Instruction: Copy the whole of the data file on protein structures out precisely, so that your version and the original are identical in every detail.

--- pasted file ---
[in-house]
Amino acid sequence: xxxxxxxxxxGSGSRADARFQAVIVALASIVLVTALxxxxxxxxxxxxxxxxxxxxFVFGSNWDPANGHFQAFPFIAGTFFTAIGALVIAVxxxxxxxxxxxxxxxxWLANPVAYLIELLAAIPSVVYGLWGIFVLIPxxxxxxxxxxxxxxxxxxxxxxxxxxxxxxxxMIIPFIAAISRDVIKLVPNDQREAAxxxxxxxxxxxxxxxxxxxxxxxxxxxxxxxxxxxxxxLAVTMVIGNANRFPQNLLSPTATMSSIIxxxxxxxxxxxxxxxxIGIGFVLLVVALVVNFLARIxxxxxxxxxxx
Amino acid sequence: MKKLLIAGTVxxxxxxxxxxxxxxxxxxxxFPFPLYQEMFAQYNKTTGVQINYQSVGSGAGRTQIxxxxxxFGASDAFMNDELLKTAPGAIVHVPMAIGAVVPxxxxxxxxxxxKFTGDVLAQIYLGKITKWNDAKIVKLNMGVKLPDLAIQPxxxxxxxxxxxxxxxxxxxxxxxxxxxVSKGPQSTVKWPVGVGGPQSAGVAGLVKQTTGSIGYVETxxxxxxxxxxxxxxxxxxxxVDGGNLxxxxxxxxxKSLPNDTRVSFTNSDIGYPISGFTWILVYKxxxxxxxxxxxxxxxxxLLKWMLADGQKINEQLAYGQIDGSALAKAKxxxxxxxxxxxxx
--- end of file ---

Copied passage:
[in-house]
Amino acid sequence: xxxxxxxxxxGSGSRADARFQAVIVALASIVLVTALxxxxxxxxxxxxxxxxxxxxFVFGSNWDPANGHFQAFPFIAGTFFTAIGALVIAVxxxxxxxxxxxxxxxxWLANPVAYLIELLAAIPSVVYGLWGIFVLIPxxxxxxxxxxxxxxxxxxxxxxxxxxxxxxxxMIIPFIAAISRDVIKLVPNDQREAAxxxxxxxxxxxxxxxxxxxxxxxxxxxxxxxxxxxxxxLAVTMVIGNANRFPQNLLSPTATMSSIIxxxxxxxxxxxxxxxxIGIGFVLLVVALVVNFLARIxxxxxxxxxxx
Amino acid sequence: MKKLLIAGTVxxxxxxxxxxxxxxxxxxxxFPFPLYQEMFAQYNKTTGVQINYQSVGSGAGRTQIxxxxxxFGASDAFMNDELLKTAPGAIVHVPMAIGAVVPxxxxxxxxxxxKFTGDVLAQIYLGKITKWNDAKIVKLNMGVKLPDLAIQPxxxxxxxxxxxxxxxxxxxxxxxxxxxVSKGPQSTVKWPVGVGGPQSAGVAGLVKQTTGSIGYVETxxxxxxxxxxxxxxxxxxxxVDGGNLxxxxxxxxxKSLPNDTRVSFTNSDIGYPISGFTWILVYKxxxxxxxxxxxxxxxxxLLKWMLADGQKINEQLAYGQIDGSALAKAKxxxxxxxxxxxxx